Doctor Who: Edge of Reality – A TARDIS Sized Misfire
Xbox Series/One, PS4/5, PC
I have been a Whovian for a long time. While I never got into Doctor Who’s original incarnations as a child I latched onto the 2005 Reboot and have been hooked ever since. I have watched every season so far and got my wife and eldest spawn into the show. I even went so far as to get a T.A.R.D.I.S. tattooed on my leg, so when the opportunity came around to review a video game based on the long-running franchise I jumped at the chance to join the Doctor and save the universe. The best episodes of Doctor Who combine tension and suspense with bursts of action to keep the viewer engaged with the story. Unfortunately, Edge of Reality does not succeed in drawing the player in the same way, instead trudging along without any atmosphere, leaving the whole experience feeling flat.
An upgraded version of the 2019 VR game Edge of Time, Edge of Reality has been modified to run on consoles and PC with traditional controls. Despite the modifications that have been made to the base game it is very apparent that the controls were developed for VR, with simple interactions with items and objects. The reliance on the VR interactions really limits what the player can do, even with all of the extra controls available. Your time will be spent walking around the environment trying to find the right object to interact with, whether that be with the Doctor’s all-powerful Sonic Screwdriver or objects you find around the world.
Oh, I should mention that you are not The Doctor. The Doctor is trapped as a virus that is rewriting reality tears through all of time and space. With the help of some good old fashioned wibbly-wobbly timey-wimey stuff, you are bestowed the Doctor’s Sonic Screwdriver to help you on an adventure that takes introduces you to some new foes along with facing the Daleks, Cybermen and the Weeping Angels.
For those who don’t know, the Weeping Angels are creatures introduced in the modern reboot and are the most terrifying creatures in the Doctor Who universe. If you have gotten this far into this review without having seen the episode “Blink” then allow me to elaborate. The Weeping Angels are apex predators. They are fast, able to close large distances in the blink of an eye and the only way to stop them is to look at them. An in-built defence mechanism turns them to stone when someone is looking at them, leaving the instant a person blinks as the moment they can attack. Now you have an idea of what these creatures can do, you can imagine my trepidation when I realise I have to make my way through a winding crypt with these creatures potentially hunting me.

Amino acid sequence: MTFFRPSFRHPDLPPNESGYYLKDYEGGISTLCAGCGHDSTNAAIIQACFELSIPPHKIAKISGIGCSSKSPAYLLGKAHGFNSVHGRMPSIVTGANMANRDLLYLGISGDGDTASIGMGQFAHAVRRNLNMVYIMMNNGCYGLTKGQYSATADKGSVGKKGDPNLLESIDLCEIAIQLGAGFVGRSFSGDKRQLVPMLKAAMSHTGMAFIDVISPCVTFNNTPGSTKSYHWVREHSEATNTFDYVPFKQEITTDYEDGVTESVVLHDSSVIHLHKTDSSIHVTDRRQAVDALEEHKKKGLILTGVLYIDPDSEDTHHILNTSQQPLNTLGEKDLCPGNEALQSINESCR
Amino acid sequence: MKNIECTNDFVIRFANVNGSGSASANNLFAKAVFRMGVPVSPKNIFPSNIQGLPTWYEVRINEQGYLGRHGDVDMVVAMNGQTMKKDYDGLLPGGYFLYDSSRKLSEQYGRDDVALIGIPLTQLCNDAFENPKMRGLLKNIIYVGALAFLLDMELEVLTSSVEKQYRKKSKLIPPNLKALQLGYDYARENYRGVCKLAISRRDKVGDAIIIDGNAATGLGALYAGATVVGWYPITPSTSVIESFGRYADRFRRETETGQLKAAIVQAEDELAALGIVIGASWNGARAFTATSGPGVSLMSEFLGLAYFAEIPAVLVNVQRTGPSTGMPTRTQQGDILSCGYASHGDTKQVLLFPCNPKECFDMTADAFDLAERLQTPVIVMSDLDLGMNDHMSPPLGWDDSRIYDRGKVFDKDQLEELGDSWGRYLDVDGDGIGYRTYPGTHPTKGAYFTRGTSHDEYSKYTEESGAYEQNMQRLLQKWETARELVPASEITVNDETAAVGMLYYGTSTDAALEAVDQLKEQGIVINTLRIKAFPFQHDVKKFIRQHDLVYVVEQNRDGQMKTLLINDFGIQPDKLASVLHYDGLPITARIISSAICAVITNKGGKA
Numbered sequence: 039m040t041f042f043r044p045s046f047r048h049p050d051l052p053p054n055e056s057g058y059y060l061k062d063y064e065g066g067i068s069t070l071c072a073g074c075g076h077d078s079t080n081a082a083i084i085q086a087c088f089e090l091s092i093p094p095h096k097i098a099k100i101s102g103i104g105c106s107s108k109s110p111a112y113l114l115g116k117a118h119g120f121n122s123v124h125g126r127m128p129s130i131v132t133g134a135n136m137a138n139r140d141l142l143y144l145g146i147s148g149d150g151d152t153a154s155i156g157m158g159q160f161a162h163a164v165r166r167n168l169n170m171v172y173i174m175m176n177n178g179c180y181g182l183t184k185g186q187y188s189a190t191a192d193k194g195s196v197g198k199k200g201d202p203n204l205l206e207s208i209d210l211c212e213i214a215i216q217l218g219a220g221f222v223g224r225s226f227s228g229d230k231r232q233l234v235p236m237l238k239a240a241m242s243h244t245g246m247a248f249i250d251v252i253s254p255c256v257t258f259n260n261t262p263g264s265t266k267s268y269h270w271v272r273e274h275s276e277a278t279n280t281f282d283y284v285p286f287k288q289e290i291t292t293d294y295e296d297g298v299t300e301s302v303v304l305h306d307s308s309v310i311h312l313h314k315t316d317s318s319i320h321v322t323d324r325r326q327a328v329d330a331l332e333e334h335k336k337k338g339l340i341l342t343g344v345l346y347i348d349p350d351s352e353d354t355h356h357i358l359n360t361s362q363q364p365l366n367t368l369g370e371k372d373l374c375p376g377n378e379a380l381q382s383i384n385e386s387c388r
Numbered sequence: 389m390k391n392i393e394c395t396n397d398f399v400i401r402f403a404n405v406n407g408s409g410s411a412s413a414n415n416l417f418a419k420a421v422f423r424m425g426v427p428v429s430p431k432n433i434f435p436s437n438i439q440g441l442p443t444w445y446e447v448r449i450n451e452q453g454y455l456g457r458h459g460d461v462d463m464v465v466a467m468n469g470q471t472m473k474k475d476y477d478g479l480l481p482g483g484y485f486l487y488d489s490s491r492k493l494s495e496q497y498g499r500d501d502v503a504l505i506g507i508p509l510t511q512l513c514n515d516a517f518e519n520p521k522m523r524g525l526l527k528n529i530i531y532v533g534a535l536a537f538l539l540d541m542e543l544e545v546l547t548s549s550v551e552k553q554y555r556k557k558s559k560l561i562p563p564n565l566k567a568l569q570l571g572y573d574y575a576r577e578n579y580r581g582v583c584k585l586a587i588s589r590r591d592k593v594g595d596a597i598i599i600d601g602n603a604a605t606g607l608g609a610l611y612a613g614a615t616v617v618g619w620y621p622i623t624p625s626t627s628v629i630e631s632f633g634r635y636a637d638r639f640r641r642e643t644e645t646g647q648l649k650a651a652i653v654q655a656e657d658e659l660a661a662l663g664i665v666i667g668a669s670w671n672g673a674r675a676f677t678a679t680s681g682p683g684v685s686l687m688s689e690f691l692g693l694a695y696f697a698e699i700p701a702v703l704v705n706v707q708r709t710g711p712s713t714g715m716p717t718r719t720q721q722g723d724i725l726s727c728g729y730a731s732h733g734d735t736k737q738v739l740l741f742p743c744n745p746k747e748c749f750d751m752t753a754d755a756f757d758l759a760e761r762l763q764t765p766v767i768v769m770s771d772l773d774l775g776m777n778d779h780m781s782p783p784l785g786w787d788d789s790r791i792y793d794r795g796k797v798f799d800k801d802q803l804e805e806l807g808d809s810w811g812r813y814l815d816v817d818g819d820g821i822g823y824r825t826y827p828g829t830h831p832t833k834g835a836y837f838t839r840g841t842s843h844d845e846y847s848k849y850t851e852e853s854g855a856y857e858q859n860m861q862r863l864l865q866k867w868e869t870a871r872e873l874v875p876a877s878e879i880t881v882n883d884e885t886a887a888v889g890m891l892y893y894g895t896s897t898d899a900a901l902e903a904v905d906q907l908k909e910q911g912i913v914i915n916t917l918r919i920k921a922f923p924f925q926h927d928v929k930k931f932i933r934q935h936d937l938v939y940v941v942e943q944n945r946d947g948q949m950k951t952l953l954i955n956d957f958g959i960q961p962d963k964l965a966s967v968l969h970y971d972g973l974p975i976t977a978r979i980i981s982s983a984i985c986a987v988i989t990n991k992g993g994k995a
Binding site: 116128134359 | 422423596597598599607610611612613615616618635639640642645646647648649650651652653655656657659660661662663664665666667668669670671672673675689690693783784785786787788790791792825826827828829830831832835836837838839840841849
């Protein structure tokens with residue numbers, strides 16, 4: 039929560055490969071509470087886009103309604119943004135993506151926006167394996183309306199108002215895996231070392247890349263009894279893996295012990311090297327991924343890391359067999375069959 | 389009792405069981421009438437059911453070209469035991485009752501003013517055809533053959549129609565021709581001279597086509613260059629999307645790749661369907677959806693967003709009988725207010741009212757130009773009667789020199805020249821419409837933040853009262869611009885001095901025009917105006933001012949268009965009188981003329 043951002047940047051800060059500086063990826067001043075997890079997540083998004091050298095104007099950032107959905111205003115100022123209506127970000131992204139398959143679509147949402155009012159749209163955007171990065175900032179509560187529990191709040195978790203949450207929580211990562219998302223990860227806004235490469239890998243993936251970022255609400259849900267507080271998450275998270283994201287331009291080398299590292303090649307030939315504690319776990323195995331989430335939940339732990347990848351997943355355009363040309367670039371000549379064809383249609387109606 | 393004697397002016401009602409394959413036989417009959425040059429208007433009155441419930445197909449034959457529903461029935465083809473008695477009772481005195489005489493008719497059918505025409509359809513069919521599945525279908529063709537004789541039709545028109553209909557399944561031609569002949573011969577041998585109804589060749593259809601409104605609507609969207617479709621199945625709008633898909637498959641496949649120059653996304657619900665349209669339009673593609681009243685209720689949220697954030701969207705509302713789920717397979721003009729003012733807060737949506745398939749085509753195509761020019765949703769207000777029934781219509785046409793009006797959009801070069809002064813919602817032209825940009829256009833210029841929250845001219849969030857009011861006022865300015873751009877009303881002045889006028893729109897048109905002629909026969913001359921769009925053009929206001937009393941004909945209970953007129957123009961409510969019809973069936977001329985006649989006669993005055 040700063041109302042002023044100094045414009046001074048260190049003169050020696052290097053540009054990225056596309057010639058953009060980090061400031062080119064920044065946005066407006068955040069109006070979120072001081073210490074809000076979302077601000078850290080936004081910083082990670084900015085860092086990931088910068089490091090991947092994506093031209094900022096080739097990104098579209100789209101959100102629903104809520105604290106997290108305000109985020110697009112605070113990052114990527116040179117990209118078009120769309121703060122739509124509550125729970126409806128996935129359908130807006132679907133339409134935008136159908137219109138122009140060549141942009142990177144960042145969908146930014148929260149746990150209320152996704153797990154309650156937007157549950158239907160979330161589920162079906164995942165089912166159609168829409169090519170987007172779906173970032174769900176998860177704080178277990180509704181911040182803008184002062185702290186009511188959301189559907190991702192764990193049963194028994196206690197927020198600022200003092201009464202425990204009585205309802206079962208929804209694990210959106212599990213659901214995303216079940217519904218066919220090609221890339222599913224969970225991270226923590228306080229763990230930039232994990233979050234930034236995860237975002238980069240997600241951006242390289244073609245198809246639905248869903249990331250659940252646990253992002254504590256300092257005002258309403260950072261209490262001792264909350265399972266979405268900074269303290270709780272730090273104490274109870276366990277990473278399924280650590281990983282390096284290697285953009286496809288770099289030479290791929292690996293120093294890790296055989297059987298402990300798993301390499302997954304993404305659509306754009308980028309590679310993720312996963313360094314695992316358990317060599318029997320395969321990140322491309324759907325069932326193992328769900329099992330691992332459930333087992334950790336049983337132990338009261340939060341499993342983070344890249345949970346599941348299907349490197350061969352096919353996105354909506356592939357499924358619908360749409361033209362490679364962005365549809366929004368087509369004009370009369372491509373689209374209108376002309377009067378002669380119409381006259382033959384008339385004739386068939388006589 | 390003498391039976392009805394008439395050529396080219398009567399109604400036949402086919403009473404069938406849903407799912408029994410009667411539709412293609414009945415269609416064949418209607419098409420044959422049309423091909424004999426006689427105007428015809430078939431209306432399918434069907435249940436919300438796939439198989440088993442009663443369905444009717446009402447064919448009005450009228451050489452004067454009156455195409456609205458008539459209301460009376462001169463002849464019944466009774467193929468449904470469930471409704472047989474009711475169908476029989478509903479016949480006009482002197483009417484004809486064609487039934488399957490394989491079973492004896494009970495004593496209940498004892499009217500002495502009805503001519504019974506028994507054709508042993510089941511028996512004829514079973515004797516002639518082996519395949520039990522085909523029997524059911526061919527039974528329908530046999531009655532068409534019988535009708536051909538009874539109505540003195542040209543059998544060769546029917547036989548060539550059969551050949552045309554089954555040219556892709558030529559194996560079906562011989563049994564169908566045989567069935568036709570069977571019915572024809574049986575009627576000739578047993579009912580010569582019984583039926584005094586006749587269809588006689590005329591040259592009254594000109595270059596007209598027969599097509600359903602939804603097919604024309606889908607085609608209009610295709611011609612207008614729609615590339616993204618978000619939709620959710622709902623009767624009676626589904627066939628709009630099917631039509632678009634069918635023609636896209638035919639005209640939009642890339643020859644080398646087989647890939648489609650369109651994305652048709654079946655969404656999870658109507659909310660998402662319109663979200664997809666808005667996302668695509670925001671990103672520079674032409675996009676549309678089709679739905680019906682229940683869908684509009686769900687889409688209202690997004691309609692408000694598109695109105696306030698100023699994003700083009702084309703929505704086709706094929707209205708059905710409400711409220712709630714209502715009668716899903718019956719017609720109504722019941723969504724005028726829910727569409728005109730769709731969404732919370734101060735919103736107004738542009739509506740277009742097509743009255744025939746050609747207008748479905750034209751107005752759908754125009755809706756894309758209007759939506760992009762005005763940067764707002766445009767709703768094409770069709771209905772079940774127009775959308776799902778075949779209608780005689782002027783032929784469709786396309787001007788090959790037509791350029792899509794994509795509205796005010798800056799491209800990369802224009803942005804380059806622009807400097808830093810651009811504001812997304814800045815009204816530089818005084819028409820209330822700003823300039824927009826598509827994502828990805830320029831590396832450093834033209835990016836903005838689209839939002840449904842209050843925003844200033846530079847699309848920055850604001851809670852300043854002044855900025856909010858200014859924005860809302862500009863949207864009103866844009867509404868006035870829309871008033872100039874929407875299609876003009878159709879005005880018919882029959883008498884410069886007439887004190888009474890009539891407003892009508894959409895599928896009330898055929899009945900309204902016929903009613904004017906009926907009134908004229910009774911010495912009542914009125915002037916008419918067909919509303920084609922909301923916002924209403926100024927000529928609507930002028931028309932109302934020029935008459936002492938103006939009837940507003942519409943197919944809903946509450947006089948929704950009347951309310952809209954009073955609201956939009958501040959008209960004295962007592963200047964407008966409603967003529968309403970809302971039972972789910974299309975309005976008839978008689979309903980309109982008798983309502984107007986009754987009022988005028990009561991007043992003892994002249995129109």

That is until I came across the first Angel.
After a little jump scare and a rise in the music, I was paralyzed. How was I supposed to navigate this crypt while having to look backwards at the Angel behind me? As I slowly backed away I realised I did not know which way to go. I had to turn around and look for the tell-tale marks on the floor that was my guide. Heart racing, I quickly spun around hoping to get back around before the Angel could get me.
It hadn’t moved at all. Not only that, I soon discovered that none of them moved. This game took the most terrifying creatures in the Doctor Who universe and neutered them, these creatures to nothing more than a jump scare. Knowing I could just walk past the Angels sucked out all of the atmosphere the game had built up. There was no longer any fear or trepidation. More importantly, there was no longer any challenge.
While this was an obvious design choice, possibly one made due to the game being developed for VR first, other glitches make the game a major challenge to play. On occasion, there were items that I could not interact with despite needing to progress, but the most challenging one came when I was in control of a Dalek shell, utilising its blaster to destroy other Daleks and shoot drones out of the sky. This was made all the more difficult by the blaster wigging out whenever I was moving backwards. It was something I was able to work past but extremely annoying.
If you can look past these issues there is still a decent Doctor Who story here. Jodie Whittaker stars as the thirteenth Doctor but there is also a special appearance from David Tennant, tenth Doctor and consistently voted as the best Doctor ever. While the story involving the Tenth Doctor is an add on crafted for Edge of Reality, it ties into a storyline from the show and it is great to see Tennant back in the saddle, even if only as an add on to the main game.
While fans of Doctor Who will get a kick out of the story and see David Tennant reprise his role, the lacklustre gameplay and glitches make this a game that is hard to recommend to those that are not die-hard Whovians.
Doctor Who: The Edge of Reality was reviewed on the Xbox Series X with code kindly provided by the publisher.